Campsite The Boergondier, in the vilage The Krim, wants to transform to a fully sustainable campsite. For this transformation, a lot of things need to be changed. To reduce the amount of electricity necessary for refrigerating food, the idea is to make an groundfridge. A small bunker-like building placed in the ground, where the guests’ food and drinks can be stored at a cool temperature. Next to this, there is a lot of plastic waste. What can we do with this? It is not a bad material. But it is lower in quality. Is it possible to use waste plastics to 3D print buidingblocks? Like lego bricks, but then different. Is it possible to create a building that is part of the environment? A place not only to store food, but also is a shelter for small animals, like birds, insects etc. A place where nature’s biodiversity is being increased and improved. It’s not only a building to store food, but it’s also part of its surroundings. De outside structure will be the connection with nature. Therefore, we don’t just need simple 3D printed plastic blocks. The shape of the building needs to be well-designed for inside and outside use, as its functionality will depend on this shape.

Overstock fashion collection

The Corona crisis is affecting our daily lives. Due to the pandemic fashion companies are just at the beginning of a struggle how to handle their business. There will be a whole new perspective on the supply and demand system. Widespread store closures for an industry reliant on offline channels, are now dealing with consumer who prioritise their necessity over goods. Even online sales have declined 5 to 20 percent across Europe, 30 to 40 percent in the US to 25 percent in China. The coronavirus also presents fashion with a chance to reset and completely reshape the industry’s value chain, leading to a whole new way of thinking. Some experts predict that consumer buying behaviour may never recover to pre-2020 levels as anti-consumerism and economic fallout cast a shadow over global markets, and shoppers are hit hard by a global recession. As of March 2020, 60 percent of consumers in the US already reported that they need to be careful how they spend their money, with more than one-third stating that the pandemic is even impacting their ability to make financial ends meet. As a result, overfilled warehouses laden with unsold seasonal stock will haunt most players, as long lead times weigh heavily on fashion’s supply chain and global consumer appetite. The pandemic will bring values around sustainability into focus. Can it be expected that consumers will pay a full price for quality timeless goods? As this was the case after the 2008 financial crisis. The pandemic will bring values around sustainability into sharp focus, over-consumption and irresponsible business practices. Seasonal collection were produced months ago, how will these future collections be sold now? Online, offline? Or will the brands just burn these collections? What alternatives are there? How to handle the overstock that never reaches the fashion market? By joining this Smart Solution Project, you can be part of this initiative and develop a new way of coping with these fashion overstocks. Furthermore, you can develop business cases that will give new sustainable awareness perspectives for the fashion industry as well for the consumers purchase behaviour. Commercial Economic, Industrial Engineering and management (Bedrijfskunde) and F&TT students form the core of this project. As different routes can be taken, the project is open for a variety of programs. You can develop a new collection made out of ‘old’ seasonal collections and develop a business case that creates sustainable awareness.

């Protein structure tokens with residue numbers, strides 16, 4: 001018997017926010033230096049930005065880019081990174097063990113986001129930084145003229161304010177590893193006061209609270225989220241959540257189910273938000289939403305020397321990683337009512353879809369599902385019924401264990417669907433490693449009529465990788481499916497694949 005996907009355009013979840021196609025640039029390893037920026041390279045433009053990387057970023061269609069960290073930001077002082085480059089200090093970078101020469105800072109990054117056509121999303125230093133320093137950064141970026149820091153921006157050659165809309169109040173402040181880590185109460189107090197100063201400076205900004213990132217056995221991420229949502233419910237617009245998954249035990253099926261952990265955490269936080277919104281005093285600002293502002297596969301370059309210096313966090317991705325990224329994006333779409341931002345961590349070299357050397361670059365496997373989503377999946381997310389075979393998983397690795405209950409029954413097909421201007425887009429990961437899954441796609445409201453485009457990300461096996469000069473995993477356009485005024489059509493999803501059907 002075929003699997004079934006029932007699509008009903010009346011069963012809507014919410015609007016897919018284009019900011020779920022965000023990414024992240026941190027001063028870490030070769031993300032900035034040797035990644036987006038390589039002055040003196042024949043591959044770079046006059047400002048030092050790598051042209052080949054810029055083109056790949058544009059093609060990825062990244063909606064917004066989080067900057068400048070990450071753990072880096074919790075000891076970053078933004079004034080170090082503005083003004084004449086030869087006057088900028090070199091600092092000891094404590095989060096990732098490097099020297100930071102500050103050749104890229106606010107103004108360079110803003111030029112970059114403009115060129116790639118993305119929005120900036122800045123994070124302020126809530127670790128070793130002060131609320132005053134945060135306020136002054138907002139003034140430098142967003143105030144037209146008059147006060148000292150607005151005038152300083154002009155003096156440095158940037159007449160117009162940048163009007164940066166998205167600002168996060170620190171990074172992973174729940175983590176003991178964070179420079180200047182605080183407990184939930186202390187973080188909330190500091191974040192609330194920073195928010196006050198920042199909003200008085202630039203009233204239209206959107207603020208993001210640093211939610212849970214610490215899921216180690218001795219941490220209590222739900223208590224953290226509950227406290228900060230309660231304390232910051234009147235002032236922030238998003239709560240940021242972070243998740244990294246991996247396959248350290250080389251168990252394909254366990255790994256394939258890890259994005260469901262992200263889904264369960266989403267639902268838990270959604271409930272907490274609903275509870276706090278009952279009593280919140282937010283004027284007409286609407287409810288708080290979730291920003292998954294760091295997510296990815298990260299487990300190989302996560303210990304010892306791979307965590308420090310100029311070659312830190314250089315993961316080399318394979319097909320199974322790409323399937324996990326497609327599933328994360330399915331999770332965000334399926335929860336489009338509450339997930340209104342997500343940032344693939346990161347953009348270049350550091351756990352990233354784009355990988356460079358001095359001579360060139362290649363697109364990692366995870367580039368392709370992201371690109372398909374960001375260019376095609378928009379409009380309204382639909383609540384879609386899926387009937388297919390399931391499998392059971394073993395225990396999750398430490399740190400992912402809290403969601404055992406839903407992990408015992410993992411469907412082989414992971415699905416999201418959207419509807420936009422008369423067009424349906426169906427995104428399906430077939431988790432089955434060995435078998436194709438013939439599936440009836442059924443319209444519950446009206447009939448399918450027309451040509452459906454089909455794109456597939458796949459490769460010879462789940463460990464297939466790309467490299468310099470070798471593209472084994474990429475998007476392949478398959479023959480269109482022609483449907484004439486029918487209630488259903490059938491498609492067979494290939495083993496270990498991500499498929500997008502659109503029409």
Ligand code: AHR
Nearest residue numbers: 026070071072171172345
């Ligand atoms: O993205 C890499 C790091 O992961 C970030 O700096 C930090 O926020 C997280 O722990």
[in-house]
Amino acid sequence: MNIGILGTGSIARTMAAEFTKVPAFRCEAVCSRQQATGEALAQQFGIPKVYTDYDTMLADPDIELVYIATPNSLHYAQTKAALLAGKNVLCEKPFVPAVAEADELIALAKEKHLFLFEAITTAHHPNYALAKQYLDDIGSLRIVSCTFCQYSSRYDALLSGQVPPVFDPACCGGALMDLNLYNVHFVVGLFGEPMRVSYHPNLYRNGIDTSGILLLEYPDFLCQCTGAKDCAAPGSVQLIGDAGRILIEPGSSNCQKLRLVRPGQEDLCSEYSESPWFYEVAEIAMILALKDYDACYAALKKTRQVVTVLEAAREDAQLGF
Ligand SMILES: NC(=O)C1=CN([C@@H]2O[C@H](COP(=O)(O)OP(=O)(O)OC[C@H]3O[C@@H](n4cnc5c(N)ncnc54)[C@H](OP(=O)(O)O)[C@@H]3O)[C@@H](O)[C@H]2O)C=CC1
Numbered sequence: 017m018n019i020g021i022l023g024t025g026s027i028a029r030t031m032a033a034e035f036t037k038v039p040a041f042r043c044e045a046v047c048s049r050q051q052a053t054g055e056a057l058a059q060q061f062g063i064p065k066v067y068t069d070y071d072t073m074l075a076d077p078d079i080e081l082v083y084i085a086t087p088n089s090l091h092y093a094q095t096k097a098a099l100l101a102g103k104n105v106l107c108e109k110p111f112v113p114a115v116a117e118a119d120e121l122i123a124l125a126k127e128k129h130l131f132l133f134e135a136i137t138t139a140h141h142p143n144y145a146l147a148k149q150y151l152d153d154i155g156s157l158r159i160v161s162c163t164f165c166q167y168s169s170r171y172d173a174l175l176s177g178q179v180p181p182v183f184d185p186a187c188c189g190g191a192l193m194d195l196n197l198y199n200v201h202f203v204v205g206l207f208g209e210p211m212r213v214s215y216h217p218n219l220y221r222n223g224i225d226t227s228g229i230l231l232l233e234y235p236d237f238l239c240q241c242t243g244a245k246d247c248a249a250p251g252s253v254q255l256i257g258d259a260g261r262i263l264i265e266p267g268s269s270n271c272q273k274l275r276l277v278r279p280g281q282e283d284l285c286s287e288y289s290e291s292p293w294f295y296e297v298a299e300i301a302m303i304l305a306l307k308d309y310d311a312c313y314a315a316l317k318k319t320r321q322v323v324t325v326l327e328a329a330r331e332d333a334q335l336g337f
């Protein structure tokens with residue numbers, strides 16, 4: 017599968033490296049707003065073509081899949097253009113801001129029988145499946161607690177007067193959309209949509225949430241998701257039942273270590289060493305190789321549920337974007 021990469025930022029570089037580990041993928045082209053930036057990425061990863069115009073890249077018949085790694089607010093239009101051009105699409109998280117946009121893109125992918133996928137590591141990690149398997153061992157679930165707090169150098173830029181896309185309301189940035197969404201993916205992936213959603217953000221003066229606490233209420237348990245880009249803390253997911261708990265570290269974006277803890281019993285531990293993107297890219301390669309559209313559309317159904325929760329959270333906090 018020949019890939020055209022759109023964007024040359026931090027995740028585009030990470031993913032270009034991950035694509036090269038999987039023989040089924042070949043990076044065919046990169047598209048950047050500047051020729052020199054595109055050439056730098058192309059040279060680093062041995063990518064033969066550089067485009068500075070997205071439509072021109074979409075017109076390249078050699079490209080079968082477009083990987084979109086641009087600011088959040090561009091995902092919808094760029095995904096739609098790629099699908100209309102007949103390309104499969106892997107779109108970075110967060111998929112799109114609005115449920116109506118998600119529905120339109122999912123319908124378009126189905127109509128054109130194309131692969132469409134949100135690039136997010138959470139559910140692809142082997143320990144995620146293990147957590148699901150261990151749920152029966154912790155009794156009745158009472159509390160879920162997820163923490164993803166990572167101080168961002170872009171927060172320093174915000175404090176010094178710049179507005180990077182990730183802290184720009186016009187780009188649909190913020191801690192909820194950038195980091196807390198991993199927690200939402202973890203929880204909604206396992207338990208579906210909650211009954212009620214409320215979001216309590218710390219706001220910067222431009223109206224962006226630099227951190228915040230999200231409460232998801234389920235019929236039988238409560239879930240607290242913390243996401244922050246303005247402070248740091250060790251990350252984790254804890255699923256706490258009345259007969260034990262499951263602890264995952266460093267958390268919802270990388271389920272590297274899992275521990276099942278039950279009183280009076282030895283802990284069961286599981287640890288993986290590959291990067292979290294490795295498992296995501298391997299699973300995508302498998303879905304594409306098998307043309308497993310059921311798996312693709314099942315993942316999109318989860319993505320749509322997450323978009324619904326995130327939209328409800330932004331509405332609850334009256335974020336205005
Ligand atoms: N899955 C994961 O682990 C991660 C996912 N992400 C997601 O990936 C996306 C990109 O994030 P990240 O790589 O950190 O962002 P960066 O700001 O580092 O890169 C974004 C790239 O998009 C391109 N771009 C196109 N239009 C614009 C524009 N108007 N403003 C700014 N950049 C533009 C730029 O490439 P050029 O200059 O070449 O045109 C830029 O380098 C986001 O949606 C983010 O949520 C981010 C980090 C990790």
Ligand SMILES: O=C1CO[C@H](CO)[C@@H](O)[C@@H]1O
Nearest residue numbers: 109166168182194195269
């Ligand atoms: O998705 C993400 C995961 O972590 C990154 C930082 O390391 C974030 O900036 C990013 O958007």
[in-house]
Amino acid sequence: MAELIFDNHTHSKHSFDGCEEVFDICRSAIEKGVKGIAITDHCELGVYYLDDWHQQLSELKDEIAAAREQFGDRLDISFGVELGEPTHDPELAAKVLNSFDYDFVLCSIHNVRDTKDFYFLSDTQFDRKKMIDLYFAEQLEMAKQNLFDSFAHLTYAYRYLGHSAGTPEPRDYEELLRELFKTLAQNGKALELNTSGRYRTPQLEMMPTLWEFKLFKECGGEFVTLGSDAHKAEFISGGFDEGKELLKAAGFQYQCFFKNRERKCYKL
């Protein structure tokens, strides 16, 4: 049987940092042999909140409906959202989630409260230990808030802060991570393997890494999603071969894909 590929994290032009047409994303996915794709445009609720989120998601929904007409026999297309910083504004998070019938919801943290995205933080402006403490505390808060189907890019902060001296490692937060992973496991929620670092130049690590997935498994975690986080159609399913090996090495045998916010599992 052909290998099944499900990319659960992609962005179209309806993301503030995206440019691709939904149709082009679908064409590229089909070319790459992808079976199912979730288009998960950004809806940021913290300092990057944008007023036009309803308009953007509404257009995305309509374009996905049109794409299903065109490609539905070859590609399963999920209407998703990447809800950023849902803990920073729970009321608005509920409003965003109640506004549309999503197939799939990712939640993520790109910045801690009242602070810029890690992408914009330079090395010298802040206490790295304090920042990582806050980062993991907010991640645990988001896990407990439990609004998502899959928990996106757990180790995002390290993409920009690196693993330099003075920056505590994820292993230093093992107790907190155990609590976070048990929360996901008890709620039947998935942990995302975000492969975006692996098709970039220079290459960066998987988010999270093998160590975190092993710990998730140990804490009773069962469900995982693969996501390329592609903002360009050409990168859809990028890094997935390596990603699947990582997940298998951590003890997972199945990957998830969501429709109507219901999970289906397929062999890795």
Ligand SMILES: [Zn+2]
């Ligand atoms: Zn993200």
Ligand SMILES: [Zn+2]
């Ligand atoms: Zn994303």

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Questions about this cluster?